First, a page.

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This information was reviewed and approved by Cameran Collins, PA-C (1/1/2019).

Surgical Treatments

Functional endoscopic sinus surgery (FESS) has become the accepted standard approach and technique when surgical treatment of sinusitis is indicated. FESS surgery, or other invasive treatments, should only be considered when medical therapies have failed to improve the patient's symptoms and quality of life.


Functional endoscopic sinus surgery (FESS)

Functional endoscopic sinus surgery is a minimally-invasive approach to the sinus cavities using endoscopes (telescopes) to view the important structures of the nose and sinuses. The view with the endoscope allows for better identification of the underlying disease, which in turn allows the surgeon to be precise, careful, and thorough with minimal damage to normal surrounding tissue. All four sets of sinuses can be viewed directly during FESS and obstructing tissue or disease removed as indicated. FESS allows for less tissue removal, more rapid tissue healing, and shorter recovery periods. The surgery is often performed on an outpatient basis.


Indications for Functional endoscopic sinus surgery (FESS)

Most commonly FESS is indicated for patients with chronic sinus problems who do not respond to medical treatments. The diagnosis of chronic sinusitis is based on symptoms, nasal examination (i.e., nasal endoscopy), sinus CT findings, and response to previous treatments. The majority of patients with sinusitis do not require surgery. However, in some patients symptoms persist despite prolonged medical treatments and FESS is indicated to help control the problem. With proper patient selection and evaluation, research has proven FESS to be 70-90 percent successful in improving symptoms of sinusitis and related nasal and sinus problems. FESS is not a "cure" for sinusitis, but is helpful in managing symptoms of the chronic nature of the disease. The most common indications for FESS include chronic infection, nasal obstruction or blockage, and nasal polyps.


Risks of Functional endoscopic sinus surgery (FESS)

As with any surgical procedure, FESS has associated risks. Although the chance of a complication occurring is small, it is important that you understand the potential complications and ask your surgeon about any concerns you may have.

Most sinus surgery involves some degree of blood loss, which is generally well tolerated by the patient. However, on occasion, significant bleeding may require termination of the procedure. Although most patients do not require nasal packing, a few patients will require a small nasal pack to be removed one to three days after surgery. Blood transfusion is very rarely necessary and is given only if the patient's health would otherwise be compromised.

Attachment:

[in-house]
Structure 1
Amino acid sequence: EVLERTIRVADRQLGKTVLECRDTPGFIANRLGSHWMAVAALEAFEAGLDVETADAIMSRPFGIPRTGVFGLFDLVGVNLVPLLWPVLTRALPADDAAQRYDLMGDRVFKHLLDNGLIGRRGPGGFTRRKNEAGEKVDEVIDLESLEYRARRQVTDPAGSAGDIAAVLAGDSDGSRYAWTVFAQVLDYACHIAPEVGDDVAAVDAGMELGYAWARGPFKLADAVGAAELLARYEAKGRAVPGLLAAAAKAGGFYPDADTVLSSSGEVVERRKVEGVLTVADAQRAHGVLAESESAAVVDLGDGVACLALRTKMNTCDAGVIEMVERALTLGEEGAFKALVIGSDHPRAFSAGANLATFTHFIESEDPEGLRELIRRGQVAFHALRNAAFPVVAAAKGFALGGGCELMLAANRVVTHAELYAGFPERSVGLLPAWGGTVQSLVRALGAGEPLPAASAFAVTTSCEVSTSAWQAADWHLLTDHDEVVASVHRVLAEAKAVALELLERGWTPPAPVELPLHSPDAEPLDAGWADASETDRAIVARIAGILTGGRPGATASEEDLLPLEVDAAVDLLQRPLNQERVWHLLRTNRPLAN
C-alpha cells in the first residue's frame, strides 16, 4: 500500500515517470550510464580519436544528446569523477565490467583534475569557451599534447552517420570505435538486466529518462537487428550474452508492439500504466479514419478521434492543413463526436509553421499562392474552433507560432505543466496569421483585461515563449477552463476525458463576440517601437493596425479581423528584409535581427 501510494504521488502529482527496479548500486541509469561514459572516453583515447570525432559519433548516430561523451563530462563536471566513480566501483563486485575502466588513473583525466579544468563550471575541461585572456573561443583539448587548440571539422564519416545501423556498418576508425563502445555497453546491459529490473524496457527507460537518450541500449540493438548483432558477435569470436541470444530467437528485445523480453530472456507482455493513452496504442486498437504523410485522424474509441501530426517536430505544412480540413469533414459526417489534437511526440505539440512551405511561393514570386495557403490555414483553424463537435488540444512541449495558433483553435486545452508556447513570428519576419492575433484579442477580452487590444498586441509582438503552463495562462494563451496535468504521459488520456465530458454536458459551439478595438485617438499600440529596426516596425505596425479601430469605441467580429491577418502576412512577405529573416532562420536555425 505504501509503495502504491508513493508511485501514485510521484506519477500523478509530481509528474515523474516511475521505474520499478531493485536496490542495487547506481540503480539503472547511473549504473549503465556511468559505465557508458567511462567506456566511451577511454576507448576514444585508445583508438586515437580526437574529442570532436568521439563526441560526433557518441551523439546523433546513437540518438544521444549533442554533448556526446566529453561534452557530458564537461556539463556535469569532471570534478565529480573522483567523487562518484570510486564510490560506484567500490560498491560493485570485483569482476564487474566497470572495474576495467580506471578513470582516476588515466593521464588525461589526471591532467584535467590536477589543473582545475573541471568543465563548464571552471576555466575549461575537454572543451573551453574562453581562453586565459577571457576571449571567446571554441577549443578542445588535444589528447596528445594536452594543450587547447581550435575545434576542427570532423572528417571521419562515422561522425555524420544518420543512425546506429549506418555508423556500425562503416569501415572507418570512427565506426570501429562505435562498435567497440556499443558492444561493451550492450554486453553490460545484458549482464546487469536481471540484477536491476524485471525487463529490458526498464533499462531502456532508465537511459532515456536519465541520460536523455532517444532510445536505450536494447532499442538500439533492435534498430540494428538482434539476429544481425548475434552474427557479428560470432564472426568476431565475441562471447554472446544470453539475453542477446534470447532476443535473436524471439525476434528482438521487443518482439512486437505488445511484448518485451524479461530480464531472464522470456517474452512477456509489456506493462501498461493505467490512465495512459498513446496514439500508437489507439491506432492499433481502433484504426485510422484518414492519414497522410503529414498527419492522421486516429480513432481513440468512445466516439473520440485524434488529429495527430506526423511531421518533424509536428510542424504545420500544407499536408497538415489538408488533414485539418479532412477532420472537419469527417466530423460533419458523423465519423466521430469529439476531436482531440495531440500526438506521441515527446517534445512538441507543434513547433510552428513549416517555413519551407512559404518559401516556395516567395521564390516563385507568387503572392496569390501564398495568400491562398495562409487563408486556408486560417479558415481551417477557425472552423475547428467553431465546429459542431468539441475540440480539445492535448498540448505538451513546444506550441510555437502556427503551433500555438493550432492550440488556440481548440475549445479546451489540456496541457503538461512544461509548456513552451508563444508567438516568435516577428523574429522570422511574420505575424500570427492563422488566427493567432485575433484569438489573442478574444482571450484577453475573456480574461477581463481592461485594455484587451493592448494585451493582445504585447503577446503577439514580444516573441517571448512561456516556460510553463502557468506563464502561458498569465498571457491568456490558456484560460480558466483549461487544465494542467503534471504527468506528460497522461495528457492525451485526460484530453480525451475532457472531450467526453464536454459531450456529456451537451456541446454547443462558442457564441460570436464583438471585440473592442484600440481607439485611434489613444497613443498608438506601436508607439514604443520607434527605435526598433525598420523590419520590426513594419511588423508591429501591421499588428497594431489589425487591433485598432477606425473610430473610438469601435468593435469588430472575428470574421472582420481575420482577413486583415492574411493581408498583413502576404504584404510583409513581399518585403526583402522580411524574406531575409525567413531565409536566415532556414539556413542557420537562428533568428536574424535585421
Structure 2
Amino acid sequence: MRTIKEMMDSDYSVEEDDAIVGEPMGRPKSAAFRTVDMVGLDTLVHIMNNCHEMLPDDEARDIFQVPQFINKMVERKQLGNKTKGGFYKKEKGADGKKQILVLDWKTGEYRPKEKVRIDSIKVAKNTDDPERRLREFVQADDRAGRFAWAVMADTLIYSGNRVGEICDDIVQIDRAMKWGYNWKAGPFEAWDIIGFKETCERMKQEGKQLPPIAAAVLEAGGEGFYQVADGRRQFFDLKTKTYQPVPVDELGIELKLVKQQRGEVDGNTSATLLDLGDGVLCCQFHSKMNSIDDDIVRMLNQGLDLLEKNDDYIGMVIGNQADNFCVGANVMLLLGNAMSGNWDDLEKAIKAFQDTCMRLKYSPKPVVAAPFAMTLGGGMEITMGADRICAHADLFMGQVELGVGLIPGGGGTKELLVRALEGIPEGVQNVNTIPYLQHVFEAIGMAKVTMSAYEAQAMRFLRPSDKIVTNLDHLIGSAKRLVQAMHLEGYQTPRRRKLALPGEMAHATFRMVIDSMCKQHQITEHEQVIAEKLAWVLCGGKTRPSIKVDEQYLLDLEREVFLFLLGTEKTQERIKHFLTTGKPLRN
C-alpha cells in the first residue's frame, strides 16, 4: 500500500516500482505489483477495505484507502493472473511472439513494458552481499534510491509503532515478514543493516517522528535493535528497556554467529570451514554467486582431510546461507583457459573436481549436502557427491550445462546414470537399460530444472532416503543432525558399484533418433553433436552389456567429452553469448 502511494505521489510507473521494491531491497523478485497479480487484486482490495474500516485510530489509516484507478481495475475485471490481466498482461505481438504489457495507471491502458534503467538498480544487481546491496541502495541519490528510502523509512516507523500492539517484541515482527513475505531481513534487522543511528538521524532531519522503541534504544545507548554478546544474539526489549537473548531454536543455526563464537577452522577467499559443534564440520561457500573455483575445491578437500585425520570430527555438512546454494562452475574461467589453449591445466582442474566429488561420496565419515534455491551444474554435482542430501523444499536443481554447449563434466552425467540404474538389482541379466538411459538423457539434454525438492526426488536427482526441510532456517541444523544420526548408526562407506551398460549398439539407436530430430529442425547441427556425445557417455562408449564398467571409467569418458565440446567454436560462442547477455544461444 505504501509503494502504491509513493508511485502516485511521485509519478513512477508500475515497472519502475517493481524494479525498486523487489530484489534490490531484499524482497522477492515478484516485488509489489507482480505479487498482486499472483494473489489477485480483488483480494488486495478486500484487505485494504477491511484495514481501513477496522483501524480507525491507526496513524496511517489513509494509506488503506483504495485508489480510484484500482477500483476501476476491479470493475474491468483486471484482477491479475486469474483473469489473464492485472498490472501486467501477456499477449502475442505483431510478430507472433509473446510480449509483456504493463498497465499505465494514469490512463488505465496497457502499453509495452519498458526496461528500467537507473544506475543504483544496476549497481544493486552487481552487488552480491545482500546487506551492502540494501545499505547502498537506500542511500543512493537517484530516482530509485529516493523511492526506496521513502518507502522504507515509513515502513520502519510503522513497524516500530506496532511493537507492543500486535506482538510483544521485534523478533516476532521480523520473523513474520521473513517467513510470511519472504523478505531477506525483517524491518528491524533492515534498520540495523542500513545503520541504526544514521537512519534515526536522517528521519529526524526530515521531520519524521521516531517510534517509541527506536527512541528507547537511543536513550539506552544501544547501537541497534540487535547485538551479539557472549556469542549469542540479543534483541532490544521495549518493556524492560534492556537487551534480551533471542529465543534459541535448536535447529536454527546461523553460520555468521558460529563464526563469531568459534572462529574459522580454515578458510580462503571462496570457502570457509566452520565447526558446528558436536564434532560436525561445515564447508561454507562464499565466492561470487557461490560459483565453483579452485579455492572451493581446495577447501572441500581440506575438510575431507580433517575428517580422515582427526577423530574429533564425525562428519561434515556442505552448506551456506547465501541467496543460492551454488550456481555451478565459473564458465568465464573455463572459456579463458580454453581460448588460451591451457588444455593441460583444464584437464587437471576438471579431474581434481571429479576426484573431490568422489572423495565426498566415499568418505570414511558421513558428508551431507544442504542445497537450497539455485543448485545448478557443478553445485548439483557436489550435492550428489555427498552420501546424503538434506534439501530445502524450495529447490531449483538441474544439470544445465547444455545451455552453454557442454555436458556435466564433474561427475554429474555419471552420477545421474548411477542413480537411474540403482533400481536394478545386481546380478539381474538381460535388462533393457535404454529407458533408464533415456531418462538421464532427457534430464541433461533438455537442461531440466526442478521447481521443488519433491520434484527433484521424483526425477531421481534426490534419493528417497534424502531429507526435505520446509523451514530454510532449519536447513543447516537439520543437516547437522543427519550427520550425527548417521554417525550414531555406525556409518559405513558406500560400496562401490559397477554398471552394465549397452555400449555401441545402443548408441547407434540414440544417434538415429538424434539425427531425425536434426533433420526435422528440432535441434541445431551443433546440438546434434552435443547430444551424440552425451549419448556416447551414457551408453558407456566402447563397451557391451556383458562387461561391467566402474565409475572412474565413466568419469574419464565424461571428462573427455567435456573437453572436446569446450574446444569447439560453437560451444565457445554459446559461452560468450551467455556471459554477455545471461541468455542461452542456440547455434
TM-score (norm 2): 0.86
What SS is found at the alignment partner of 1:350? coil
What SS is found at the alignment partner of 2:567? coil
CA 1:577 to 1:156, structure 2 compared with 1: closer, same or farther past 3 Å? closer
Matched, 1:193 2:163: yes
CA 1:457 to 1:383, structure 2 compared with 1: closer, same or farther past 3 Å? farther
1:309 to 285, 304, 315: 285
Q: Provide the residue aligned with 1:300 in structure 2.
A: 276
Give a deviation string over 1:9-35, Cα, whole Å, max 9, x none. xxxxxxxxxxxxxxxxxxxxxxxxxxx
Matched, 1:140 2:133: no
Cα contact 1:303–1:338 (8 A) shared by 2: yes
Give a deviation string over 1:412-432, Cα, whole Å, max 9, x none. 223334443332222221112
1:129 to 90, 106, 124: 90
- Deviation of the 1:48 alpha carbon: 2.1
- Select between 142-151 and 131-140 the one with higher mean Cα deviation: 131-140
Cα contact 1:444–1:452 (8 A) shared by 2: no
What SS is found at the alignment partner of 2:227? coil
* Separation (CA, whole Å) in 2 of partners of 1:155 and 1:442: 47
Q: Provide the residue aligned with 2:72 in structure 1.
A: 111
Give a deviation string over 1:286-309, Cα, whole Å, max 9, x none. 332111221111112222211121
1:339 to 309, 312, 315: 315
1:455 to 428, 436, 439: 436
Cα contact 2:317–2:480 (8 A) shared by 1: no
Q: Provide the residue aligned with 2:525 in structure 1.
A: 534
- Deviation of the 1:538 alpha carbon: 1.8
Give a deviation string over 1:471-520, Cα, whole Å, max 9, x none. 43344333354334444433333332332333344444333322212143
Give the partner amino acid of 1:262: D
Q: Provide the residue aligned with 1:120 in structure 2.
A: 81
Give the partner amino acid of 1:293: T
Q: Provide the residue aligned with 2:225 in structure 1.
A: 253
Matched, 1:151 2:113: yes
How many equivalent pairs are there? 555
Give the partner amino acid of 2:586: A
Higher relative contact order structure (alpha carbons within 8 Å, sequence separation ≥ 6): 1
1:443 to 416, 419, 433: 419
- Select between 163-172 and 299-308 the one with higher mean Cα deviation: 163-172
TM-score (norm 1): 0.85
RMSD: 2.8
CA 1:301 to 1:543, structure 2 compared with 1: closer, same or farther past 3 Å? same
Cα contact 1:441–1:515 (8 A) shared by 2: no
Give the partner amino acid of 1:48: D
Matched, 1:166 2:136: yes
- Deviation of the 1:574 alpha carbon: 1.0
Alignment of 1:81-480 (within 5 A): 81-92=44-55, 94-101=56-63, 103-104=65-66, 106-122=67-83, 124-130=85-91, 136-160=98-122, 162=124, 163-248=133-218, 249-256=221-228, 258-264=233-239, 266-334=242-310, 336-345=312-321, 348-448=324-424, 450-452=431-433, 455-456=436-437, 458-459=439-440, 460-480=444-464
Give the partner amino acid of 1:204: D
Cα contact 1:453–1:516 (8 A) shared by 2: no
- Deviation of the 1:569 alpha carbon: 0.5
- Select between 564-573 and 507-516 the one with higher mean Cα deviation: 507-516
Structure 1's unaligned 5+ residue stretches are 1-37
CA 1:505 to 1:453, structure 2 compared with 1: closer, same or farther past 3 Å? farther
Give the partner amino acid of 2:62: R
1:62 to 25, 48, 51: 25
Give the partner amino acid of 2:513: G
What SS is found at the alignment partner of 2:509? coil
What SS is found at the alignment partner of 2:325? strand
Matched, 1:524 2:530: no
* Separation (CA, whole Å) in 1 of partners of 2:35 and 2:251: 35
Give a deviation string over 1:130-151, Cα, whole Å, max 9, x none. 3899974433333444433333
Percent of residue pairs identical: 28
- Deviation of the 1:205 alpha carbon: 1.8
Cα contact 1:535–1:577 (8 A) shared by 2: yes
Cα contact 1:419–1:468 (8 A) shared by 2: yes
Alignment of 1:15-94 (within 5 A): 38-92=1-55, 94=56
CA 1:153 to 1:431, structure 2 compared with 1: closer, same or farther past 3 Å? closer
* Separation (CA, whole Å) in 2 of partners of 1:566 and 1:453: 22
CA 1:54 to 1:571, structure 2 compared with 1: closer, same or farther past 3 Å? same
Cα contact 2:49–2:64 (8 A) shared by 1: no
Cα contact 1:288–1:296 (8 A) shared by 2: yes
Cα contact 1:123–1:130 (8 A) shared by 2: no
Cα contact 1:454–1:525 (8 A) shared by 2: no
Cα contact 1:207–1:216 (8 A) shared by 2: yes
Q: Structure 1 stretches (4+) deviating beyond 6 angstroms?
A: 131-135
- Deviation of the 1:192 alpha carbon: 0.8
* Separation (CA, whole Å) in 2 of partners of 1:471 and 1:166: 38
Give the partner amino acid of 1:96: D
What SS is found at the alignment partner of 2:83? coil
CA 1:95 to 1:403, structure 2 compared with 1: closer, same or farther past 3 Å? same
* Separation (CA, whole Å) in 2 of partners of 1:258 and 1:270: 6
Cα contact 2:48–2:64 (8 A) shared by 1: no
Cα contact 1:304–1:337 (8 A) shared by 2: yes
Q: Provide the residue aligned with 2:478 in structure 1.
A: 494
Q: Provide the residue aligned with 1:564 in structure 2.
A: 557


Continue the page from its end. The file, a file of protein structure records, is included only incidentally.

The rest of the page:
Recurrence of disease
Although FESS provides significant symptomatic benefits for the vast majority of patients, surgery is not a cure for most forms of sinusitis. Therefore, you can expect to continue with your sinus medications even after successful sinus surgery, although in general your requirements for such medications should be lessened. In some instances, additional "touch-up" surgery may be necessary to optimize your surgical outcome. This may be necessary in 5-10 percent of cases.

Spinal fluid leak
Because the sinuses are located in close proximity to the brain, there is a rare chance of creating a leak of spinal fluid (the fluid surrounding the brain) or injuring the brain. Also called a cerebrospinal fluid (CSF) leak, the reported incidence of this is less than 1 percent of cases. Should the rare complication of a CSF leak occur, it may create a potential pathway for infection, which could result in meningitis. If a CSF leak were to occur, it might require surgical closure and extend your hospitalization.

Visual problems
There have been isolated reports of visual loss after sinus surgery. The potential for recovery in such cases is not good. In addition, orbital (eye) injury resulting in double vision, blurring vision, or excessive tearing from the eye are additional potential complications. Fortunately, such a complication is rare. Their reported incidence is also less than 1 percent of cases.

Other risks
Other uncommon risks of surgery include alteration of sense of smell or taste; persistence and/or worsening of sinus symptoms and facial pain; and swelling or bruising of the area around the eye.


Are there any surgical alternatives?

The introduction of balloon sinuplasty provides an alternative minimally-invasive procedure for some sinus patients. In this type of surgery, a catheter is placed into the sinus opening, and a balloon is inflated to enlarge the opening to the sinus cavity. As a new technique, it has shown promise in patients with mild disease of specific sinuses. In patients with more severe disease, it may be used in conjunction with traditional FESS. Further study is needed to really understand the role of this procedure. Feel free to ask your provider if you are a candidate.

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